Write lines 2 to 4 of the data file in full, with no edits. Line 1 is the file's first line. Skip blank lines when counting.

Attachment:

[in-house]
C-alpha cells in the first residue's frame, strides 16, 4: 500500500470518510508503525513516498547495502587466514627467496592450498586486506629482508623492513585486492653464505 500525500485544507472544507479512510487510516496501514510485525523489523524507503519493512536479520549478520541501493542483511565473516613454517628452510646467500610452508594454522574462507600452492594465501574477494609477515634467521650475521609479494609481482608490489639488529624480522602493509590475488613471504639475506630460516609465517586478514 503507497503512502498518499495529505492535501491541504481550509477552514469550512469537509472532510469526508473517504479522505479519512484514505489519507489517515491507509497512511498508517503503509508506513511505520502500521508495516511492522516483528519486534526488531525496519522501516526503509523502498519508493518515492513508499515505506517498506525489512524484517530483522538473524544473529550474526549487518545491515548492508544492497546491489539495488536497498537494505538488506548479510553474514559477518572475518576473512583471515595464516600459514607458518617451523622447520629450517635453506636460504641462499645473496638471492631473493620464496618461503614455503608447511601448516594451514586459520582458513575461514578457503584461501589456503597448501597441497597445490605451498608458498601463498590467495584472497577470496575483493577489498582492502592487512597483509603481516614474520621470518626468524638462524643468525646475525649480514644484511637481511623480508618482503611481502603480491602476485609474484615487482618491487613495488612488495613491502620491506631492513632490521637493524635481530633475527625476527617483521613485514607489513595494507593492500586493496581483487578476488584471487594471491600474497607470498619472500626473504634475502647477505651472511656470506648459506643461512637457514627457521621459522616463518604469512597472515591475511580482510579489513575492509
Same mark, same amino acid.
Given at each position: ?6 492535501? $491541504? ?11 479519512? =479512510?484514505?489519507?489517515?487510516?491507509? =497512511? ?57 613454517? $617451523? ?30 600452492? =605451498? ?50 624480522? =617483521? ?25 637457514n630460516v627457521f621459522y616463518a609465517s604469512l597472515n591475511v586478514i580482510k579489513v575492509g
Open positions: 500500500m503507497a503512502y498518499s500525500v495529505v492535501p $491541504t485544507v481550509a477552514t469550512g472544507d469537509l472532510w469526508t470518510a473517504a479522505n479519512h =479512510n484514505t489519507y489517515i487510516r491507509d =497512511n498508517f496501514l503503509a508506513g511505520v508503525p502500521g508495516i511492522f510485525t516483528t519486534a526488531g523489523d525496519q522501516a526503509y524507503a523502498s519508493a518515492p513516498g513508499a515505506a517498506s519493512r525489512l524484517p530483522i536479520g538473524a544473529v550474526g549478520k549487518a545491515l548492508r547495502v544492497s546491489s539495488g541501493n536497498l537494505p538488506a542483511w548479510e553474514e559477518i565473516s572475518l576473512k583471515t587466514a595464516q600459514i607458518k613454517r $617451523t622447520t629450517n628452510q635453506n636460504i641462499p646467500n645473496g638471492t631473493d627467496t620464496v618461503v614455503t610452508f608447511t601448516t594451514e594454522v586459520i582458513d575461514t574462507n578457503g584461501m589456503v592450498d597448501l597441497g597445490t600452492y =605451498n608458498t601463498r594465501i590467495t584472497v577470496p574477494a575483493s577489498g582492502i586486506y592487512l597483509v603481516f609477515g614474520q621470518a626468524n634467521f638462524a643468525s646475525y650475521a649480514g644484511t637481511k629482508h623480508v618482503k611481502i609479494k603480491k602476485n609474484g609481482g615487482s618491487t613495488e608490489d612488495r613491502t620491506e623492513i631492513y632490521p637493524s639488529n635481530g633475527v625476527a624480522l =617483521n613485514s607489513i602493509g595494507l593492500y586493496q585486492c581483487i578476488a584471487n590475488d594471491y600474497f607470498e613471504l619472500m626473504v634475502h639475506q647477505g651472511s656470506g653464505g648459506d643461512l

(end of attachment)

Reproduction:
C-alpha cells in the first residue's frame, strides 16, 4: 500500500470518510508503525513516498547495502587466514627467496592450498586486506629482508623492513585486492653464505 500525500485544507472544507479512510487510516496501514510485525523489523524507503519493512536479520549478520541501493542483511565473516613454517628452510646467500610452508594454522574462507600452492594465501574477494609477515634467521650475521609479494609481482608490489639488529624480522602493509590475488613471504639475506630460516609465517586478514 503507497503512502498518499495529505492535501491541504481550509477552514469550512469537509472532510469526508473517504479522505479519512484514505489519507489517515491507509497512511498508517503503509508506513511505520502500521508495516511492522516483528519486534526488531525496519522501516526503509523502498519508493518515492513508499515505506517498506525489512524484517530483522538473524544473529550474526549487518545491515548492508544492497546491489539495488536497498537494505538488506548479510553474514559477518572475518576473512583471515595464516600459514607458518617451523622447520629450517635453506636460504641462499645473496638471492631473493620464496618461503614455503608447511601448516594451514586459520582458513575461514578457503584461501589456503597448501597441497597445490605451498608458498601463498590467495584472497577470496575483493577489498582492502592487512597483509603481516614474520621470518626468524638462524643468525646475525649480514644484511637481511623480508618482503611481502603480491602476485609474484615487482618491487613495488612488495613491502620491506631492513632490521637493524635481530633475527625476527617483521613485514607489513595494507593492500586493496581483487578476488584471487594471491600474497607470498619472500626473504634475502647477505651472511656470506648459506643461512637457514627457521621459522616463518604469512597472515591475511580482510579489513575492509
Same mark, same amino acid.
Given at each position: ?6 492535501? $491541504? ?11 479519512? =479512510?484514505?489519507?489517515?487510516?491507509? =497512511? ?57 613454517? $617451523? ?30 600452492? =605451498? ?50 624480522? =617483521? ?25 637457514n630460516v627457521f621459522y616463518a609465517s604469512l597472515n591475511v586478514i580482510k579489513v575492509g